See also: Cornell Alliance for Science is a PR Campaign for the Agrichemical Industry
Mark Lynas is a former journalist turned promotional advocate for genetically engineered foods and pesticides who makes inaccurate claims about those products from his perch at the Cornell Alliance for Science and in his new book, “Seeds of Science.” Lynas is closely tied in with other key players in the agrichemical industry’s PR and lobbying efforts.
Scientists and food experts say Lynas is wrong on science
Scientists and food policy experts have sharply criticized Lynas for his inaccurate and unscientific promotional efforts for GMOs and pesticides. See articles by (emphases ours):
David Schubert, PhD, Head, Cellular Neurobiology Laboratory & Professor at The Salk Institute for Biological Studies (San Diego Union Tribune letter):
“Unlike Mark Lynas, who is not a scientist and whose words (Michael) Gerson is parroting (in his review of “Seeds of Science”), I can unequivocally state that there is no scientific consensus about GMO safety and that most of his statements are false. The statement that GMO foods are safe to eat because there is no evidence for harm is not valid because there are no studies on human safety.”
“In contrast, there is evidence for the toxicity of both GMO plants and the chemicals required for their production in animals.”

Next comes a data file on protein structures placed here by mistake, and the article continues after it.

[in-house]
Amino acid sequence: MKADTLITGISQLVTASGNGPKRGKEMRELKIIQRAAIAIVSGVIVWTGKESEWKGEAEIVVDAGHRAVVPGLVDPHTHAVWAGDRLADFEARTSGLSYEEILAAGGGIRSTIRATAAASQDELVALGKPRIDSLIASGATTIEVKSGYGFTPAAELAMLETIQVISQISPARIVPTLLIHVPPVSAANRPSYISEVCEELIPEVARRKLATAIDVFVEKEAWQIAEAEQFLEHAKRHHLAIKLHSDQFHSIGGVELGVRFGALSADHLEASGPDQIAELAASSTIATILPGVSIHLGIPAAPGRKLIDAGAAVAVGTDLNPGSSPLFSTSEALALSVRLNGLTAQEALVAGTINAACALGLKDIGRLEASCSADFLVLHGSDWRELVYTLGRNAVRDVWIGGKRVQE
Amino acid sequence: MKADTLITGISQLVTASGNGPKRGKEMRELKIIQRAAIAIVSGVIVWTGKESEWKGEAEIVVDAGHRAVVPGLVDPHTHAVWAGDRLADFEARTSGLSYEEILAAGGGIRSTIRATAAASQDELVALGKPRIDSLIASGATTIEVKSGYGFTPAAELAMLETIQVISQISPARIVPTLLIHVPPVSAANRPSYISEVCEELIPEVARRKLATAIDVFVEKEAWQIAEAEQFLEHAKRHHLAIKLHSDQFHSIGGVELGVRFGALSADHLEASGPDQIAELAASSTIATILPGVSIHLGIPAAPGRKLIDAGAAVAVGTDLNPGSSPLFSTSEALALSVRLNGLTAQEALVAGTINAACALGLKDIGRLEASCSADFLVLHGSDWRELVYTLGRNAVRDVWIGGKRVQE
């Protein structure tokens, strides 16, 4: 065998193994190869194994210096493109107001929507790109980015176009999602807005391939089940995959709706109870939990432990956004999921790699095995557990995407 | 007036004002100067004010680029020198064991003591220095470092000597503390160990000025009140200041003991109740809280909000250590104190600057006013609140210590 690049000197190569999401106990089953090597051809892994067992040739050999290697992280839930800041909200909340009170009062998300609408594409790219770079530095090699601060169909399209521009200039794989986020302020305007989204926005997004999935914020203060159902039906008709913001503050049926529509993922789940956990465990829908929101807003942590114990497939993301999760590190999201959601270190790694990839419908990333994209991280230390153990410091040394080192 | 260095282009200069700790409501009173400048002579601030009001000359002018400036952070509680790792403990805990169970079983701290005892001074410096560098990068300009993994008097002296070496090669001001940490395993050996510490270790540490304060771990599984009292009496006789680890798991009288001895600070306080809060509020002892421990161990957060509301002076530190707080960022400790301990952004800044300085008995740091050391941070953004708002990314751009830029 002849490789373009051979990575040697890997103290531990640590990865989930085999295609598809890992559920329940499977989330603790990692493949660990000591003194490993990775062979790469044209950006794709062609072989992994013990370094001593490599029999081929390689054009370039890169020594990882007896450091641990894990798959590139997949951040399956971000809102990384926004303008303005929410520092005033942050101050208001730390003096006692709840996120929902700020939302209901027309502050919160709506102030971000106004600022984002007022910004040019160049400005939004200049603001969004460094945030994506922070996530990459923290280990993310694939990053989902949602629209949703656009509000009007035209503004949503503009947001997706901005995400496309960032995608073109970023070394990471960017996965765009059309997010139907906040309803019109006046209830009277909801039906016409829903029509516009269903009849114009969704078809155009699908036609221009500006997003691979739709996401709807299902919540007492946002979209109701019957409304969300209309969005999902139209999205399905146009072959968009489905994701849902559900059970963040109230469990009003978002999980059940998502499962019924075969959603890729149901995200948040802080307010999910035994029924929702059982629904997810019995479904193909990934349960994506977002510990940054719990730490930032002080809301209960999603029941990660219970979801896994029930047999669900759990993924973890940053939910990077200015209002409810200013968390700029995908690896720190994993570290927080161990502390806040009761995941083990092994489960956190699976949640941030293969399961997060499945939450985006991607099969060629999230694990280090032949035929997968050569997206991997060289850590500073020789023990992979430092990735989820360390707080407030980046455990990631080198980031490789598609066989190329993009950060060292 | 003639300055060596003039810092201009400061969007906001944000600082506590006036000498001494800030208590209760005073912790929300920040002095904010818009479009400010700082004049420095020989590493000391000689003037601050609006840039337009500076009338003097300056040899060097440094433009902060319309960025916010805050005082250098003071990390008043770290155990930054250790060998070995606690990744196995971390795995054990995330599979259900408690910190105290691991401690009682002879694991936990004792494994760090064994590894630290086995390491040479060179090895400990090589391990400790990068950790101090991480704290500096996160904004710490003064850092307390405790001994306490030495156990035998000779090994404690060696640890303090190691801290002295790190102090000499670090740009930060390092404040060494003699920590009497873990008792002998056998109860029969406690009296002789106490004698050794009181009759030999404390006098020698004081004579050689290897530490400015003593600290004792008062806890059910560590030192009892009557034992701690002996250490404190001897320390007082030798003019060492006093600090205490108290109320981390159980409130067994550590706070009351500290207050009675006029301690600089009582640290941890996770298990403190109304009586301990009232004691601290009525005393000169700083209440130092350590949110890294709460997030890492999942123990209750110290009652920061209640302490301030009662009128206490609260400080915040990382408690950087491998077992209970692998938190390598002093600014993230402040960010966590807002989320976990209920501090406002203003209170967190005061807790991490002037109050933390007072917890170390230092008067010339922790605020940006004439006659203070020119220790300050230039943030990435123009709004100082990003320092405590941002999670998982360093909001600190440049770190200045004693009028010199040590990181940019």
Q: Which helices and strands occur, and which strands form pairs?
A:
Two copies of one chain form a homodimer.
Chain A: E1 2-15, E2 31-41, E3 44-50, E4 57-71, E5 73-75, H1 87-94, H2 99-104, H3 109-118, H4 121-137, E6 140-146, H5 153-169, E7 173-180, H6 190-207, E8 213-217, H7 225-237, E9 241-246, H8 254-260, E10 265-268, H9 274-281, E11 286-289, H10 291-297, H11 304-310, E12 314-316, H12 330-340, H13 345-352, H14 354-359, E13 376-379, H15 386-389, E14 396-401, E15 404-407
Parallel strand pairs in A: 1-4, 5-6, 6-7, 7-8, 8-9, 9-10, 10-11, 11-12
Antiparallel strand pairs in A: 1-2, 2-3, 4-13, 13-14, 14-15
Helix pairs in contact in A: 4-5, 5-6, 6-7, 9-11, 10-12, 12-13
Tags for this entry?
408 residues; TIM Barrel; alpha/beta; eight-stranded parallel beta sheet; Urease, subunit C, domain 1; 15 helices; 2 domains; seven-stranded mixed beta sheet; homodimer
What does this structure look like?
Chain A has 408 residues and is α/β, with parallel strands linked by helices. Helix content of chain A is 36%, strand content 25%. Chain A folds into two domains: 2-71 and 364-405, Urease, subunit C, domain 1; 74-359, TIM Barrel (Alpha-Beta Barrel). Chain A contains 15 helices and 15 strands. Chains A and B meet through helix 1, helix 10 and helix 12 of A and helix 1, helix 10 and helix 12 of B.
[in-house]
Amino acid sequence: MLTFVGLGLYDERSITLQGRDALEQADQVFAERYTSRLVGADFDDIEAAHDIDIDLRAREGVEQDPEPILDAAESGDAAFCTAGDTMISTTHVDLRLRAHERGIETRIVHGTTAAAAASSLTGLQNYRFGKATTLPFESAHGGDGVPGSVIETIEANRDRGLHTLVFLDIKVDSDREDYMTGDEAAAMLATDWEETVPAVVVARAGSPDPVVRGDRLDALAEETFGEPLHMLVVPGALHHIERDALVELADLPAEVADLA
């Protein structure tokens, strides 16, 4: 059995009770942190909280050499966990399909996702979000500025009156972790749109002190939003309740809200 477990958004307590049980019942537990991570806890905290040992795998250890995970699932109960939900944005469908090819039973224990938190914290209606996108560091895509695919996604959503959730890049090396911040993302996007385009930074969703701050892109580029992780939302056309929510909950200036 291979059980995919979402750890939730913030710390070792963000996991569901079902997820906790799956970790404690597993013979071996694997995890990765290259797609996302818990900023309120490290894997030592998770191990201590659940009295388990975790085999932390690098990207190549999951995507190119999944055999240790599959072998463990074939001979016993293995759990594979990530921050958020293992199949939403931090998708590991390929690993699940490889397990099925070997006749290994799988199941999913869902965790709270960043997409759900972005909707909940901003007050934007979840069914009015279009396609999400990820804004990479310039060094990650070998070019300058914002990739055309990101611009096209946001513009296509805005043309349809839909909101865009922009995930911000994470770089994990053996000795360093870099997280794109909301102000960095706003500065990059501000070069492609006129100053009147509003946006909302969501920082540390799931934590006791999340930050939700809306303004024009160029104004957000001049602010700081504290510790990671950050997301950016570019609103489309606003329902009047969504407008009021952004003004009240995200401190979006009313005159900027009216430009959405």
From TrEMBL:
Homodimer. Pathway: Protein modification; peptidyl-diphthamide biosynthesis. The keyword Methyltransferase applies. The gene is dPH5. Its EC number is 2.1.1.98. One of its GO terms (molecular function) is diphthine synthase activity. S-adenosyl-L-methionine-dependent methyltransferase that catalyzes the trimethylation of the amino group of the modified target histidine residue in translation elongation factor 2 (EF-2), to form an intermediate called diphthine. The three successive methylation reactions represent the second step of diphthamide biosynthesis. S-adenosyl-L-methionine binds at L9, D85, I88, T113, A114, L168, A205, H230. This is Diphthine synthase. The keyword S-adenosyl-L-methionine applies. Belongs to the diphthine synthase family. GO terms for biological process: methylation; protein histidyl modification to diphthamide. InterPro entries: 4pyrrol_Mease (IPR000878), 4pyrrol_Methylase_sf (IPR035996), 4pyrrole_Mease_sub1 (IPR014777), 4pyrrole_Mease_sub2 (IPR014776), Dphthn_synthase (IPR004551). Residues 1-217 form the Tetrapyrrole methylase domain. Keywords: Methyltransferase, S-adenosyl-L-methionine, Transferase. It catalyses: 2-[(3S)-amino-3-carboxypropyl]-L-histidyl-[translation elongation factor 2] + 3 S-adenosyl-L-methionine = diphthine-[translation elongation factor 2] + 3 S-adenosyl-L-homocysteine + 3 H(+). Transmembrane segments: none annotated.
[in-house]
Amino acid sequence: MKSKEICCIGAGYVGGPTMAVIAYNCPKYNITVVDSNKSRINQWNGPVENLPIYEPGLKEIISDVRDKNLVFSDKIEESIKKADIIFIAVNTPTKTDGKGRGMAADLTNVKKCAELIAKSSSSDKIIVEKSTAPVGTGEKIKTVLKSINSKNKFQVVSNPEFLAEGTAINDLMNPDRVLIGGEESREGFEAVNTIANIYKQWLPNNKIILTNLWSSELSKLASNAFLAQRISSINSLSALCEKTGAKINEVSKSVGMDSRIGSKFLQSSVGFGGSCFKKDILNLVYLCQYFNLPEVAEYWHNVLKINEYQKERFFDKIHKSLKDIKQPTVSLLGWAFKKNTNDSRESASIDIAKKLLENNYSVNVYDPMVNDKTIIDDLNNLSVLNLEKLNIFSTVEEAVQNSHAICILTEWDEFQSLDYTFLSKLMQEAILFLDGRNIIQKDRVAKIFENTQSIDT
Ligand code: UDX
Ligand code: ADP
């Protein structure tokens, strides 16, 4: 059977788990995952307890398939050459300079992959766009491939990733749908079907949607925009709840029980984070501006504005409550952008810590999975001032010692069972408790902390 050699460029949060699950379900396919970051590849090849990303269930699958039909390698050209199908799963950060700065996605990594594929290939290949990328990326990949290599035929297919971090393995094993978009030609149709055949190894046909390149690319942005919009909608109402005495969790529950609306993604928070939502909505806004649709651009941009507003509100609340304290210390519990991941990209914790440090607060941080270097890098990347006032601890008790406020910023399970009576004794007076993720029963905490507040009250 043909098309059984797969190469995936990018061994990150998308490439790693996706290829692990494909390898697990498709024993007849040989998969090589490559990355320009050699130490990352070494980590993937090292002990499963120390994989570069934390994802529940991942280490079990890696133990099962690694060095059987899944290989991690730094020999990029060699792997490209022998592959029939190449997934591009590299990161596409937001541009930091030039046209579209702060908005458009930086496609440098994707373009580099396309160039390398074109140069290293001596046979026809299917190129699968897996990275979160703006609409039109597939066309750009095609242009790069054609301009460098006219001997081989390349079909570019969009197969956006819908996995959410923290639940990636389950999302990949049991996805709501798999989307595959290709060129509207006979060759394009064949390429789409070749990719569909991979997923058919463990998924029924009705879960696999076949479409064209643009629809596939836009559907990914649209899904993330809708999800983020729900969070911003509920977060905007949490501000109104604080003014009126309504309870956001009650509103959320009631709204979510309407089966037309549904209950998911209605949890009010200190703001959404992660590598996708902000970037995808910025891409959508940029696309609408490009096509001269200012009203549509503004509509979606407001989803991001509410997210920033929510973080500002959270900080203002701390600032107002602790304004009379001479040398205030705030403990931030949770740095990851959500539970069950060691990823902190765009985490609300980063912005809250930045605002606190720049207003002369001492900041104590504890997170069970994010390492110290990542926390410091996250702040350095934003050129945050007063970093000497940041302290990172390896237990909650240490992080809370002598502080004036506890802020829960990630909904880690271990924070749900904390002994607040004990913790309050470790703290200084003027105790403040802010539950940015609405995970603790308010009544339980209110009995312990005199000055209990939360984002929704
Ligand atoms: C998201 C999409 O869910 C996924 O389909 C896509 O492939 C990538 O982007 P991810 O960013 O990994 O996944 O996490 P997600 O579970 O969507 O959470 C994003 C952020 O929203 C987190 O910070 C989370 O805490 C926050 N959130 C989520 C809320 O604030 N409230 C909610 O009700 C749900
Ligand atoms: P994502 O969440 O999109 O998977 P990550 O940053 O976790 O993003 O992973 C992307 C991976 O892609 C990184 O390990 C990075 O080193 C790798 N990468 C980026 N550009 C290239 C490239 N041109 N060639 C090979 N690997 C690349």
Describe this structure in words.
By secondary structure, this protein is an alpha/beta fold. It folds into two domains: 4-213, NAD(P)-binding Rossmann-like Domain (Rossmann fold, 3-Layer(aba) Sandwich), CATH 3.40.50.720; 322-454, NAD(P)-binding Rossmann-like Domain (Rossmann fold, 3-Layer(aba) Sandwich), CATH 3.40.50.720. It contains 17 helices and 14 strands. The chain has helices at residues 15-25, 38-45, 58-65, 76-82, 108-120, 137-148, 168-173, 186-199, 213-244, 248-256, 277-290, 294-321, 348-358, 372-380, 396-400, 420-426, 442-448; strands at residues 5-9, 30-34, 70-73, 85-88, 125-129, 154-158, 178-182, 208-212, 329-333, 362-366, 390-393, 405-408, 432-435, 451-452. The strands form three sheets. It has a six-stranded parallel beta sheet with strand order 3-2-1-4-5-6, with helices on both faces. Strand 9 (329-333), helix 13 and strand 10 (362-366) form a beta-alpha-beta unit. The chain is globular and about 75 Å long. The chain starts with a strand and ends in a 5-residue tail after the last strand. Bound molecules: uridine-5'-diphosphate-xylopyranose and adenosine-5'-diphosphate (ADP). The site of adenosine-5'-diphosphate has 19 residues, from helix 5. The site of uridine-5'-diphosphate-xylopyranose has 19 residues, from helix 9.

“GMO crops have produced no benefits for society as a whole, but have resulted in an enormous increase in human exposure to agricultural chemicals.”
Doug Gurian-Sherman, PhD, former senior scientist, Union of Concerned Scientists:
“Here are some of the incorrect or misleading points that Lynas makes about the science or development of GE.” … “Instead of debating or discussing the actual science, Lynas casts aspersions and resorts to relying on authority rather than data or research.”
Belinda Martineau, PhD, genetic engineer who helped develop the first GMO food (NYT letter and Biotech Salon):
Lynas’ claim about the certainty of GMO safety is “unscientific, illogical and absurd.”
Eric Holt-Giménez, PhD, Director Food First/Institute of Food Policy and Development (Huffington Post):
“The laundry list of what Mark Lynas got wrong about both GMOs and science is extensive, and has been refuted point by point by some of the world’s leading agroecologists and biologists.”
John Vandermeer, PhD, Professor, Dept. of Ecology and Evolutionary Biology, University of Michigan (Food First):